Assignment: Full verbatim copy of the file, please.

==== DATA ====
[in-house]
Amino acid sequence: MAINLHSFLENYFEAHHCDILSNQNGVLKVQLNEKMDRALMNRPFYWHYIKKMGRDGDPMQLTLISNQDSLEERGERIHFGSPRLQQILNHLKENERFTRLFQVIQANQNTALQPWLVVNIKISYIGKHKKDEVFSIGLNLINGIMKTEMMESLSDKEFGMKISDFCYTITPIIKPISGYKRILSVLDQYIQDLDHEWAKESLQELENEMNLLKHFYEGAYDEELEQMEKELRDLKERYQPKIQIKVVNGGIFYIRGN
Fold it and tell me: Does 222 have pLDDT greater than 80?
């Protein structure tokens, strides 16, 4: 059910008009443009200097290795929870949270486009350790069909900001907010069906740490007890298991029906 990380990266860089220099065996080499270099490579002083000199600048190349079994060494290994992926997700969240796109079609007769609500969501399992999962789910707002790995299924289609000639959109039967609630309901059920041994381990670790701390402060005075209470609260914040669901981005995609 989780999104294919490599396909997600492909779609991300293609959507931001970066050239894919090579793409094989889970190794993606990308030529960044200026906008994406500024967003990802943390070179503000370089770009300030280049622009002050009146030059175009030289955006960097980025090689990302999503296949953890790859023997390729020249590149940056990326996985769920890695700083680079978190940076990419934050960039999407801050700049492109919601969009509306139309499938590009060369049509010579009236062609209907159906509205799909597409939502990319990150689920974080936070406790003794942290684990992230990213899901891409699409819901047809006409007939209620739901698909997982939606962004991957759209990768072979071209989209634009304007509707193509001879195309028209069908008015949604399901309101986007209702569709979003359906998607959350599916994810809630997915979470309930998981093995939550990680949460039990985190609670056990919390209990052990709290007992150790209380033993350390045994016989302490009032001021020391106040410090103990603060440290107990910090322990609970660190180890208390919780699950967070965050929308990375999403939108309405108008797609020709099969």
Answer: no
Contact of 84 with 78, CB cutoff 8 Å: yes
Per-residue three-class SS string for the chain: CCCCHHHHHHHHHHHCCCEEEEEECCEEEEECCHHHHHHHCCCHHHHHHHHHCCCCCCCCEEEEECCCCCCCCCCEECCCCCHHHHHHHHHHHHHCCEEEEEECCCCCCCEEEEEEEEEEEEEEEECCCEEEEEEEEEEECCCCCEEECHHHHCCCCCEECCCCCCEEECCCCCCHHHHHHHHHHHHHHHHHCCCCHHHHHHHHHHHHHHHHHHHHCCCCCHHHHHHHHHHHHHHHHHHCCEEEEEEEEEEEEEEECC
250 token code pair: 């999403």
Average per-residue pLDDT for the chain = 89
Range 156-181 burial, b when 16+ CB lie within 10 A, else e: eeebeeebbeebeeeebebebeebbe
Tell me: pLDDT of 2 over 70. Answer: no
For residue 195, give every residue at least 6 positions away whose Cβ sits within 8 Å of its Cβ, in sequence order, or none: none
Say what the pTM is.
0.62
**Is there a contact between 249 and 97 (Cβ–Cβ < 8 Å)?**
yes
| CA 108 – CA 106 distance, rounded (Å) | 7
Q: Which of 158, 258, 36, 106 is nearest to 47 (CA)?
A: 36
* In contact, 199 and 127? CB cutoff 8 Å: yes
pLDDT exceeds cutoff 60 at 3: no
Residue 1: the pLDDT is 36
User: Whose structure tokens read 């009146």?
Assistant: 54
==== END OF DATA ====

[in-house]
Amino acid sequence: MAINLHSFLENYFEAHHCDILSNQNGVLKVQLNEKMDRALMNRPFYWHYIKKMGRDGDPMQLTLISNQDSLEERGERIHFGSPRLQQILNHLKENERFTRLFQVIQANQNTALQPWLVVNIKISYIGKHKKDEVFSIGLNLINGIMKTEMMESLSDKEFGMKISDFCYTITPIIKPISGYKRILSVLDQYIQDLDHEWAKESLQELENEMNLLKHFYEGAYDEELEQMEKELRDLKERYQPKIQIKVVNGGIFYIRGN
Fold it and tell me: Does 222 have pLDDT greater than 80?
């Protein structure tokens, strides 16, 4: 059910008009443009200097290795929870949270486009350790069909900001907010069906740490007890298991029906 990380990266860089220099065996080499270099490579002083000199600048190349079994060494290994992926997700969240796109079609007769609500969501399992999962789910707002790995299924289609000639959109039967609630309901059920041994381990670790701390402060005075209470609260914040669901981005995609 989780999104294919490599396909997600492909779609991300293609959507931001970066050239894919090579793409094989889970190794993606990308030529960044200026906008994406500024967003990802943390070179503000370089770009300030280049622009002050009146030059175009030289955006960097980025090689990302999503296949953890790859023997390729020249590149940056990326996985769920890695700083680079978190940076990419934050960039999407801050700049492109919601969009509306139309499938590009060369049509010579009236062609209907159906509205799909597409939502990319990150689920974080936070406790003794942290684990992230990213899901891409699409819901047809006409007939209620739901698909997982939606962004991957759209990768072979071209989209634009304007509707193509001879195309028209069908008015949604399901309101986007209702569709979003359906998607959350599916994810809630997915979470309930998981093995939550990680949460039990985190609670056990919390209990052990709290007992150790209380033993350390045994016989302490009032001021020391106040410090103990603060440290107990910090322990609970660190180890208390919780699950967070965050929308990375999403939108309405108008797609020709099969």
Answer: no
Contact of 84 with 78, CB cutoff 8 Å: yes
Per-residue three-class SS string for the chain: CCCCHHHHHHHHHHHCCCEEEEEECCEEEEECCHHHHHHHCCCHHHHHHHHHCCCCCCCCEEEEECCCCCCCCCCEECCCCCHHHHHHHHHHHHHCCEEEEEECCCCCCCEEEEEEEEEEEEEEEECCCEEEEEEEEEEECCCCCEEECHHHHCCCCCEECCCCCCEEECCCCCCHHHHHHHHHHHHHHHHHCCCCHHHHHHHHHHHHHHHHHHHHCCCCCHHHHHHHHHHHHHHHHHHCCEEEEEEEEEEEEEEECC
250 token code pair: 């999403």
Average per-residue pLDDT for the chain = 89
Range 156-181 burial, b when 16+ CB lie within 10 A, else e: eeebeeebbeebeeeebebebeebbe
Tell me: pLDDT of 2 over 70. Answer: no
For residue 195, give every residue at least 6 positions away whose Cβ sits within 8 Å of its Cβ, in sequence order, or none: none
Say what the pTM is.
0.62
**Is there a contact between 249 and 97 (Cβ–Cβ < 8 Å)?**
yes
| CA 108 – CA 106 distance, rounded (Å) | 7
Q: Which of 158, 258, 36, 106 is nearest to 47 (CA)?
A: 36
* In contact, 199 and 127? CB cutoff 8 Å: yes
pLDDT exceeds cutoff 60 at 3: no
Residue 1: the pLDDT is 36
User: Whose structure tokens read 């009146």?
Assistant: 54